Publix Super Markets, Google and UPS top annual list of 50 U.S. companies with best CSR reputations

Ranking compiled by Boston College Center for Corporate Citizenship and Reputation Institute
Oct 5, 2011 1:30 PM ET
(3BL Media / theCSRfeed) October 5, 2011 - Publix Super Markets ranks No. 1 followed by Google and UPS in the 2011 ranking of the 50 companies with the best corporate citizenship reputations among the U.S. public as compiled by the Carroll School of Management Center for Corporate Citizenship at Boston College and Reputation Institute.   The Corporate Social Responsibility Index (CSR Index) was developed by researchers at the Carroll School of Management’s Center for Corporate Citizenship at Boston College in conjunction with the Reputation Institute to understand how companies’ reputations are affected by public perceptions of performance related to citizenship (the community and the environment), governance (ethics and transparency) and workplace practices. Rankings in the 2011 CSR Index are based on a survey conducted in January 2011 of 7,790 online consumers in the United States.   An employee-owned supermarket chain with headquarters in Lakeland, Fla., Publix topped the rankings with a score of 80.59 on a 100-point scale. Google secured second place in the CSR Index with a score of 77.10, followed by UPS at 76.16.   Among the 285 companies measured in the 2011 CSR Index, 10 rated scores of 75 or higher to place them in the excellent category and another 57 scored 70 or more to reach the strong category. Among the top 50, every company scored 71.1 or higher. With less than 10 points separating No. 1 from No. 50, it’s clear that all 50 represent an elite group of brands.   Looking at the scores of all 285 companies in the 2011 CSR Index, there was an overall drop in ratings of companies’ social responsibility at a time when public expectations of corporate social responsibility from business remain high, with ethics and governance issues continuing to be in the spotlight. The public in 2011 seemed to be more demanding of companies and the perception of reputation declined across the board. This year’s top score of 80.59 (on a 100-point scale) compares to the top score of 82.67 in 2010.   “Reputation is now widely accepted as a valuable intangible asset for firms, and as such it is an aspect of business that is earning increasing interest and attention from the C-suite and board,” said Katherine V. Smith, executive director of the Carroll School of Management Center for Corporate Citizenship at Boston College. “It is an indicator of how strongly connected consumers are to a brand. The effectiveness of a company's reputation management will influence the bottom line – in either a positive or negative manner.”   The CSR Index was created using data collected for Reputation Institute’s Global Pulse 2011, which was conducted online in January 2011. A Pulse score is a measure of corporate reputation calculated by averaging perceptions of four indicators of trust, esteem, admiration and good feeling obtained from a representative sample of at least 100 respondents who were familiar with the company. Possible scores range from a low of 0 to a high of 100. Pulse scores that differ by more than plus/minus 0.5 are significantly different at the 95 percent confidence level.   Each of the 7,790 respondents surveyed for the 2011 CSR Index was allowed to rate a maximum of five companies with which they were familiar, resulting in a total of 24,977 ratings of 285 selected companies. All companies were rated by at least 100 respondents. Ratings are statistically significant at a 95 percent confidence level with a margin of error plus/minus 0.5. In other words, companies have significantly different results when their scores are greater than 0.5 points apart. Respondents’ distribution represents the U.S. adult population based on age and gender.   The Carroll School of Management Center for Corporate Citizenship at Boston College is a membership-based research and education center. The Center provides knowledge and learning opportunities designed to help executives, managers, and employees advance positive corporate citizenship from wherever they sit in the organization. With 375 corporate members and a 26-year history, the Center has a track record of leadership and prominence in the corporate citizenship arena. It is widely regarded for its objective stance and a unique grounding in both management theory and management practice.   Reputation Institute is the world’s leading reputation management consultancy, enabling leaders to make more confident business decisions that build and protect reputational capital and drive competitive advantage. Founded in 1997, and with a presence in 30 countries, Reputation Institute provides best-in-class thinking in reputation consulting delivers fact-based insights to empower more confident decision-making and enables clients to achieve their corporate objectives. Reputation Institute also disseminates its knowledge, bringing together a global network to leverage extensive research, sophisticated analysis and rigorous methodologies that strengthen relationships with key stakeholders and add tangible value through management, growth and protection of corporate reputations.   For more information contact: Peggy Connolly, Carroll School of Management Center for Corporate Citizenship at Boston College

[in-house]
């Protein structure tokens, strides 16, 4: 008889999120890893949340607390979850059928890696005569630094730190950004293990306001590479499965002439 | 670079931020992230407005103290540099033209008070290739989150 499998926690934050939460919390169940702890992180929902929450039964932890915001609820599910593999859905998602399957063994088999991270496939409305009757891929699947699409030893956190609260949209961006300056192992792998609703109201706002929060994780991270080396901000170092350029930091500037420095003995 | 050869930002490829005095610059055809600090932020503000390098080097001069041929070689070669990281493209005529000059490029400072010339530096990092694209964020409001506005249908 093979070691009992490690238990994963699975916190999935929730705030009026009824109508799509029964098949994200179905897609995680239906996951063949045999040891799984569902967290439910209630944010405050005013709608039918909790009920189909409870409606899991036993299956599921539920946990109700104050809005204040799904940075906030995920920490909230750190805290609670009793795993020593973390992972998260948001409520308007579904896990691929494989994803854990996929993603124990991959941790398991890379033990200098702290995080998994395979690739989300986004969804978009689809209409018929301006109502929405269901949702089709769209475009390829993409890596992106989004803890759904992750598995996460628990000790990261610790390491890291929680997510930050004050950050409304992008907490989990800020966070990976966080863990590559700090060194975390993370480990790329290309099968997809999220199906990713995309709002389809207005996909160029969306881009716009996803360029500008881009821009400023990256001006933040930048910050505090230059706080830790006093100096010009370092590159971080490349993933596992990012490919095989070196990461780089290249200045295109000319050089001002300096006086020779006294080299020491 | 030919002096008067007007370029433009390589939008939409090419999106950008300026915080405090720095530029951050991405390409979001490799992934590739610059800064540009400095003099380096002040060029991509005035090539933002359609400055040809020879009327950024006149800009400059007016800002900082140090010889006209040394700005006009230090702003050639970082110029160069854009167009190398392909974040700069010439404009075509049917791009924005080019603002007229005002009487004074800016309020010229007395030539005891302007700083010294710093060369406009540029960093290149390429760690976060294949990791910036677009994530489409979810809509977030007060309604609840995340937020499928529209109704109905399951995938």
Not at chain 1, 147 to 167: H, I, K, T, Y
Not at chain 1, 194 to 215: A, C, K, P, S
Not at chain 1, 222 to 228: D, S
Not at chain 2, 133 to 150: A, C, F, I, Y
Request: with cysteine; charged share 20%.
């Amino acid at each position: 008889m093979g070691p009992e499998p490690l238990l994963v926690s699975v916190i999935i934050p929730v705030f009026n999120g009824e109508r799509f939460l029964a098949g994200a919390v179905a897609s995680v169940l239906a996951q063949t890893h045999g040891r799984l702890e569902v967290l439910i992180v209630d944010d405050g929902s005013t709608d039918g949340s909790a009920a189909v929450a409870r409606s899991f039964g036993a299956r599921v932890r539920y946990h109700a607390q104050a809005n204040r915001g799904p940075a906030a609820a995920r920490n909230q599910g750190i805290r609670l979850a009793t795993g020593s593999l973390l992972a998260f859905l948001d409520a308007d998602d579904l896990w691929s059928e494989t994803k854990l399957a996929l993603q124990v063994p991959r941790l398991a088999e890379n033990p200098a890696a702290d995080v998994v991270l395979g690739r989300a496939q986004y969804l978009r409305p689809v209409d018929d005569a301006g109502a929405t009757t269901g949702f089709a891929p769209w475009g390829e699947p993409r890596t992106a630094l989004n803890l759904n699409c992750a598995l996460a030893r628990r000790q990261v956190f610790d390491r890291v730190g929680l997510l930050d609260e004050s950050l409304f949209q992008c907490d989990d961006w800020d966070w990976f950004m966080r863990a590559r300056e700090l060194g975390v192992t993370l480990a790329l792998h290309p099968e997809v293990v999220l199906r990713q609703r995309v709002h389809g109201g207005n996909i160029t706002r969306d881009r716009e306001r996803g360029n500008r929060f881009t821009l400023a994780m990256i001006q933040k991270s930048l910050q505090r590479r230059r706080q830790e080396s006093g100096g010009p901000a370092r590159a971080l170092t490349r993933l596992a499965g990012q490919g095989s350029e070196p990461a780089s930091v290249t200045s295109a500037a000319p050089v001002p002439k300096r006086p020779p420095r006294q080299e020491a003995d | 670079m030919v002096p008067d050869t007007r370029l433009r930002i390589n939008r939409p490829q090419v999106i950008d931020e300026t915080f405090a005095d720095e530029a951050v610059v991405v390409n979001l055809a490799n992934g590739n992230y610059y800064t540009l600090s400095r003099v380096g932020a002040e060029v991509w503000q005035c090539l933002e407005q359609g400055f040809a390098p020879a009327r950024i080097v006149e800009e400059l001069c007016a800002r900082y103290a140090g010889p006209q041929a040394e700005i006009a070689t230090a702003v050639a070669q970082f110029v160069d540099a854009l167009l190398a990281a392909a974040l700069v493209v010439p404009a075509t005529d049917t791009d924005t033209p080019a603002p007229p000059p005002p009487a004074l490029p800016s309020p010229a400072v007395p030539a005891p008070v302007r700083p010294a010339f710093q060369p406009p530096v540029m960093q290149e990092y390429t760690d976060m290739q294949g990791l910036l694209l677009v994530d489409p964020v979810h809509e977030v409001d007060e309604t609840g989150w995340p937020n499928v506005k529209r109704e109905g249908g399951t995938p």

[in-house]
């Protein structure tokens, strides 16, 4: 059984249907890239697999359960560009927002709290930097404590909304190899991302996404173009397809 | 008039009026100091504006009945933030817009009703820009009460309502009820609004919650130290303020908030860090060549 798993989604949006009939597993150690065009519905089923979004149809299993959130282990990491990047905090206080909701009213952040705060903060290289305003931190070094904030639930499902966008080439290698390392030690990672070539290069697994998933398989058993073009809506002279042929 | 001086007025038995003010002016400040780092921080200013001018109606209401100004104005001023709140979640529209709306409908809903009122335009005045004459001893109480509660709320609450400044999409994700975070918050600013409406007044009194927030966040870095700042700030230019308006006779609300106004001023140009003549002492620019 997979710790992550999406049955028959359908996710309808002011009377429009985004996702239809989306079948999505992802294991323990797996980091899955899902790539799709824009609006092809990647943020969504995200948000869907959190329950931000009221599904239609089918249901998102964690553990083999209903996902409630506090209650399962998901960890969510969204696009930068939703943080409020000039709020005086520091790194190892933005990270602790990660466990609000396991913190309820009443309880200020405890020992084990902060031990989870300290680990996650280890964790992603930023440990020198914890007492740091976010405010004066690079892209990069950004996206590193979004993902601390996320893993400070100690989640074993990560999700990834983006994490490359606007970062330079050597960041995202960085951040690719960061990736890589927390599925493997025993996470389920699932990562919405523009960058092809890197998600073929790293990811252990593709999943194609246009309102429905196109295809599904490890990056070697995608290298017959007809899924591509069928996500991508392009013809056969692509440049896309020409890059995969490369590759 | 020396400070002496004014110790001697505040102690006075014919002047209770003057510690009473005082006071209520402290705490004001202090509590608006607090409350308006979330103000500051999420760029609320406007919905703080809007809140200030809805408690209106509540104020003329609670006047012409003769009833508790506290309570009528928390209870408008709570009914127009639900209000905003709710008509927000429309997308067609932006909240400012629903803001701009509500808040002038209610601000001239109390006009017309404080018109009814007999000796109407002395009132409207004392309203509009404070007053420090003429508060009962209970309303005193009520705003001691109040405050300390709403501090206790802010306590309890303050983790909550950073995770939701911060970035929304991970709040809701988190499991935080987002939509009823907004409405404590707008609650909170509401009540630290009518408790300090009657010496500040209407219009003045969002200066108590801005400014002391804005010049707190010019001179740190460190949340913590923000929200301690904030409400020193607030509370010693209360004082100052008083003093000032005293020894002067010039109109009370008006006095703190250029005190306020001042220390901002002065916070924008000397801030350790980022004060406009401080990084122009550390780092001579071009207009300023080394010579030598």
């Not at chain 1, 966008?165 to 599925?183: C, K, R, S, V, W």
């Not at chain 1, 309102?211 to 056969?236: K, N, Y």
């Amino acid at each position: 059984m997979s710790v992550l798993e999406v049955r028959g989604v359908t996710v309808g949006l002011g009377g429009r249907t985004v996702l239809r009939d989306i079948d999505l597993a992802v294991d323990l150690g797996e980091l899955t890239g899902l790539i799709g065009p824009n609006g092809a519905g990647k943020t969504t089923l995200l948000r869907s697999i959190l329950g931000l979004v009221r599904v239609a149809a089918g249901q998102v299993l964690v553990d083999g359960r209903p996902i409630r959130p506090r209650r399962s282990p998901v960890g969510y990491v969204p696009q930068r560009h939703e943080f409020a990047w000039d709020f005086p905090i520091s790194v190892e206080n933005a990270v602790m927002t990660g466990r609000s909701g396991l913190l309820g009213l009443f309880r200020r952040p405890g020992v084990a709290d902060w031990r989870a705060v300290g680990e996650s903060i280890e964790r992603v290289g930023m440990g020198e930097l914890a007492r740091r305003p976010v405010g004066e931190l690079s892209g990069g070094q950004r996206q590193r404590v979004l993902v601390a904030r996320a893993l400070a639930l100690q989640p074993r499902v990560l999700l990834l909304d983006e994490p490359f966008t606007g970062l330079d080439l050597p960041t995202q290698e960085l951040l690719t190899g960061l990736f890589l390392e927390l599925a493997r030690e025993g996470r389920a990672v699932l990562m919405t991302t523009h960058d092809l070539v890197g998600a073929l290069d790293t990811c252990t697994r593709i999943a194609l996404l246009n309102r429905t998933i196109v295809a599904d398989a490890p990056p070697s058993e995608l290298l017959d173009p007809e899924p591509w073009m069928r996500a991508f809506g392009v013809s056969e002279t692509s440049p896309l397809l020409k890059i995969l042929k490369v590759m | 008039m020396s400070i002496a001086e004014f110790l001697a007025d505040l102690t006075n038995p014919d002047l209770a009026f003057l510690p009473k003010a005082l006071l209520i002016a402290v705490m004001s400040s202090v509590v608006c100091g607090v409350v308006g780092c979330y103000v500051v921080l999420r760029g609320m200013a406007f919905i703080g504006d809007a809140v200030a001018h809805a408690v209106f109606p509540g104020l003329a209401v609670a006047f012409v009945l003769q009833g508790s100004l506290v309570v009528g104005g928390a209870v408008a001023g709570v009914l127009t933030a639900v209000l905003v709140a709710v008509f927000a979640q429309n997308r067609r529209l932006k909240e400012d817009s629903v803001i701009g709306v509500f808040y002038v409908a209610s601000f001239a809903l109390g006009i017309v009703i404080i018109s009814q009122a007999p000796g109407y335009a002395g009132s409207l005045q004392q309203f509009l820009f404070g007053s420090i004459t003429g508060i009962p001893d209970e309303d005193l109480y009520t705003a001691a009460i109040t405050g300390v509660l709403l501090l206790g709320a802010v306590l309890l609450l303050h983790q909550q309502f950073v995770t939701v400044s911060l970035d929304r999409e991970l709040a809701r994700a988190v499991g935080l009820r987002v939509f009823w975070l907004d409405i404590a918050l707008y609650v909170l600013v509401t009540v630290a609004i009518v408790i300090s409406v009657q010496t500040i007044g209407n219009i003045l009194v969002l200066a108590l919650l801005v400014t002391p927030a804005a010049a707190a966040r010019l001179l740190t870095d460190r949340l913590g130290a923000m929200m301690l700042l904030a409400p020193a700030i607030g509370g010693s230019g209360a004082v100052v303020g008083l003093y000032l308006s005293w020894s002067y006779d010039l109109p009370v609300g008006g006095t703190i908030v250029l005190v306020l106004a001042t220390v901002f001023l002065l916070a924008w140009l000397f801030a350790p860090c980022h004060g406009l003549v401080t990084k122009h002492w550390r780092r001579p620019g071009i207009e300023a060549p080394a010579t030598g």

Email:; 617-552-0722   Amy Cross, Reputation Institute.
Email: 212-495-3855   BCCCC17424